Falcons Midseason Awards


Defensive Player of the Year

Damontae Kazee

This award was one of the tougher ones to decide. It came down to two players, and the winner at the end of the year may be different than the winner today. Right now, It’s Damontae Kazee who has been incredible with both starting safeties out for the season. I wrote about Kazee being the next potential young stud on the Falcons defense, but few could have imagined him being this successful so soon.

The San Diego State product was a notorious ball hawk for the Aztecs in his final two years. So far, that is translating to the NFL as he leads the league in interceptions. All of the sudden, this Atlanta secondary doesn’t look so lost after all, and Kazee is the primary reason for that.

The other player that could have taken home this fictional award, of course, was Grady Jarrett. The main reason he did not get the nod is that he missed two games this season. Although, it was quite noticeable when he was not on the field. If this were a defensive MVP award, there’s no doubt Jarrett would be the winner.

Rookie of the Year

Calvin Ridley

By far the easiest award to hand out; Calvin Ridley has been everything the Falcons could have imagined since being drafted in the first round. I do not think I will ever get over the fact that this man somehow slid all the way to pick 26. In his first 8 games as a pro, he’s hauled in 33 balls for 463 yards and 7 touchdowns. Those 7 receiving touchdowns are tied for the second most in the entire league.

Drafting a receiver wasn’t necessarily a must. The Falcons already had Julio Jones and Mohamed Sanu. Not to mention, some pretty considerable holes on the defensive side. Nonetheless, when you watch this guy play, he was clearly one of, if not, the best player available, and that’s always a good draft strategy to abide by.

Offensive Player of the Year

Julio Jones

Julio Jones continues to prove he’s the best receiver in the National Football League. The man is a walking 1,400 yards receiving even if he isn’t healthy. Luckily for us, this has been the best Jones has felt in a long while as far as injuries are concerned, and the results are speaking for themselves.

It’s not totally out of the question by any means that Julio Jones breaks the all-time record for receiving yards in a season. Currently at 933 yards through 8 games, he is just a little bit off the pace of Calvin Johnson‘s all-time mark of 1,964 yards. Of course, Jones would love to become the first receiver to eclipse the 2,000-yard mark in a single season. If there’s anybody who could do that in today’s pass-happy NFL, it is the Jet.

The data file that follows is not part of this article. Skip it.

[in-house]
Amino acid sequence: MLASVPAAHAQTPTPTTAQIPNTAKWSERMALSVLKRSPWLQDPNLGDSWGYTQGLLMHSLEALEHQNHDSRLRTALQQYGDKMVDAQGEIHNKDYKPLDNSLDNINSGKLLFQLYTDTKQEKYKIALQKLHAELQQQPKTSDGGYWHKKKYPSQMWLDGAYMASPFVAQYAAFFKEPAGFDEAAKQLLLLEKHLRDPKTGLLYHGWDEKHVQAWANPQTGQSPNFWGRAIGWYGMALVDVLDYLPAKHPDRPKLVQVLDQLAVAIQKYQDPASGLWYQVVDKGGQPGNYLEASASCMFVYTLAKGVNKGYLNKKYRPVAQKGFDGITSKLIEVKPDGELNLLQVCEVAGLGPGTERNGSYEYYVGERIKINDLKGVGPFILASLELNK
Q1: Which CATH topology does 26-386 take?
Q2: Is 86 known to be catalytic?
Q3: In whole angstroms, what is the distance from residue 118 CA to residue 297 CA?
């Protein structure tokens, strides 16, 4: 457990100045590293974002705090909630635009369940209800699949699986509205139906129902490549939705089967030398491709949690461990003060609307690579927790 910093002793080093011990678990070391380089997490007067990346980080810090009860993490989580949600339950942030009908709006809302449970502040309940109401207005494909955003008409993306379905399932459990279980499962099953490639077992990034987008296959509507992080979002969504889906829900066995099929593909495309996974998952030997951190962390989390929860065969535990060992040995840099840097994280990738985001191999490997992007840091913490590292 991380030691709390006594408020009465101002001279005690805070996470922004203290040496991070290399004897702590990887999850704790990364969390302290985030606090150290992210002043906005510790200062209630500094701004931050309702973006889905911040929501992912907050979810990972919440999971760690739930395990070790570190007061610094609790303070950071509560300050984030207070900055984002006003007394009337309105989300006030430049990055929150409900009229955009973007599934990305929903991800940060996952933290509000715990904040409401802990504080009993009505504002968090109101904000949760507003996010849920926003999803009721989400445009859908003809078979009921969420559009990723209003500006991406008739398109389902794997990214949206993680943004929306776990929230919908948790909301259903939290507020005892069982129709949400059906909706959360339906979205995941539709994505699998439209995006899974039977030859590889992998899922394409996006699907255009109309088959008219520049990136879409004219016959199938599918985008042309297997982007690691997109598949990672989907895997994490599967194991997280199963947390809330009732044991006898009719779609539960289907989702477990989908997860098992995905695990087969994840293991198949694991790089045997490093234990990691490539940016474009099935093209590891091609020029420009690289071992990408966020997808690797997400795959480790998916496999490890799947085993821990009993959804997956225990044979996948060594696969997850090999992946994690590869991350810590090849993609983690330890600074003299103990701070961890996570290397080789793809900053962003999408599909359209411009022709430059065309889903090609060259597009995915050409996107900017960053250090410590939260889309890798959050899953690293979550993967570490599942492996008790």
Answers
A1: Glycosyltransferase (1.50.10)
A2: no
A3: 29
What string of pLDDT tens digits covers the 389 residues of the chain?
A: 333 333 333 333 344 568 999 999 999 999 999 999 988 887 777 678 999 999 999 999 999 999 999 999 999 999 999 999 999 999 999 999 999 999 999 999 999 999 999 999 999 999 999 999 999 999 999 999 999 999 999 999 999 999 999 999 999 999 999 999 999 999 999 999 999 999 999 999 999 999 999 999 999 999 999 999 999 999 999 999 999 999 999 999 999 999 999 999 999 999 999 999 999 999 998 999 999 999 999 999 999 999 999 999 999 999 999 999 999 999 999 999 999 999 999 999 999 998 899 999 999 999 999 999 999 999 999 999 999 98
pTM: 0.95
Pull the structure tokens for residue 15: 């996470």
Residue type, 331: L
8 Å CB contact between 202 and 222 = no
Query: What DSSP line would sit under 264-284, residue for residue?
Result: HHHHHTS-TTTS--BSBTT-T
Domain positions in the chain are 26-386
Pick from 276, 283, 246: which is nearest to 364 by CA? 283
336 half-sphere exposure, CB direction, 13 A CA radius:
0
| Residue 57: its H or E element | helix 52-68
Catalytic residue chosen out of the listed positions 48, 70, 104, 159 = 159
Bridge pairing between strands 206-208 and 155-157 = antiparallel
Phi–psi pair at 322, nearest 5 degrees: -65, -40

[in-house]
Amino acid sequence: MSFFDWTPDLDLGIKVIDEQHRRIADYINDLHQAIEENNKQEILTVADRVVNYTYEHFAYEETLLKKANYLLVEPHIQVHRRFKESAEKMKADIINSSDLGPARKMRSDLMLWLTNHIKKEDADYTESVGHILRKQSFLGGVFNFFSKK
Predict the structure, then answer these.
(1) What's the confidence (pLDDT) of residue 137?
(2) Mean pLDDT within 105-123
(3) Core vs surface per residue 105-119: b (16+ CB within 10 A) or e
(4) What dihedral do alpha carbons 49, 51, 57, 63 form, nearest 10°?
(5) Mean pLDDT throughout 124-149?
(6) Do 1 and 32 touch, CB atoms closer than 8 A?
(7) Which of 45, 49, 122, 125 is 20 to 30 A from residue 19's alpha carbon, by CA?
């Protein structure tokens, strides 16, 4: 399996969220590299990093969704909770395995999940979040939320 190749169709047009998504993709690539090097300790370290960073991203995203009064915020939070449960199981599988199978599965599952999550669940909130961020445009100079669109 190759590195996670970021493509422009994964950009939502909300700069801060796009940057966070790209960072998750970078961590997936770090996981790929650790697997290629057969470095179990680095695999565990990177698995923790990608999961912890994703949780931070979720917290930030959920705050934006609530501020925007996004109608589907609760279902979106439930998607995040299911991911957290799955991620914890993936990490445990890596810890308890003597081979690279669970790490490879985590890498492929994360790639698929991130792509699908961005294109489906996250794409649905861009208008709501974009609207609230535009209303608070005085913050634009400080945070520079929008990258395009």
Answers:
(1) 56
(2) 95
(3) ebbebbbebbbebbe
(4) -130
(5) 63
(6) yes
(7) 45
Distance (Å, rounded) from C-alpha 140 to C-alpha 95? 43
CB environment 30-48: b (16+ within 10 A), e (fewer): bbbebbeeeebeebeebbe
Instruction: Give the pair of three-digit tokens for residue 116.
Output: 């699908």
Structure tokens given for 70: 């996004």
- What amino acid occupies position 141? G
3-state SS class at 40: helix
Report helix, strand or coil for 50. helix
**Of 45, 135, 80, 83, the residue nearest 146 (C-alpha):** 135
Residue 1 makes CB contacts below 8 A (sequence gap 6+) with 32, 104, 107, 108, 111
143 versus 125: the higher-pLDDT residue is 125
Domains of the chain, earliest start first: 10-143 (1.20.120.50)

Most Valuable Player

Matt Ryan

This one is as obvious as it gets as well. There is no questioning it right now: Matt Ryan has been better so far in 2018 than he was in his MVP season back in 2016. Ryan is playing so well, if it was not for a few miscues by his teammates, he could have 20 touchdowns and 0 interceptions through 8 games. That is absolutely insane and he is also on pace for the most passing yards in his career by far.

I wrote something a couple weeks ago about how Matt Ryan deserves way more credit than he receives. He has arguably been the best quarterback in all of football over the last three years. Wake up Atlanta, this is what a Hall-of-Fame caliber quarterback looks like.

Coach of the Year

Dan Quinn

What?! There’s only one coach of the Falcons, of course, he is going to win coach of the year. I can hear you all saying it already, but I wanted to put this here because Quinn has been that damn good. There have been way too many people giving him grief and some even calling for his head. It’s all rather quite preposterous considering just how much he has done in such little time.

We will not get into all the things he has accomplished over his first three seasons that no other coach in Falcons history can say they did. Instead, we are focusing on this season; his best coaching job to date.

The Falcons have been littered with injuries on both sides of the ball, got off to a 1-4 start that included numerous heartbreaking defeats, yet they find themselves just a half game out of the Wild Card halfway through the season. Somehow, Quinn has found a way to galvanize this group and keep them believing in each other when nobody else did.

You can talk about how he has cheesy clichés, and they may sound like they came out of a poorly made War movie, but there really is no doubting he has a special way of communicating with his players. Quinn is the dark horse in the Coach of the Year race that nobody is talking about… yet.

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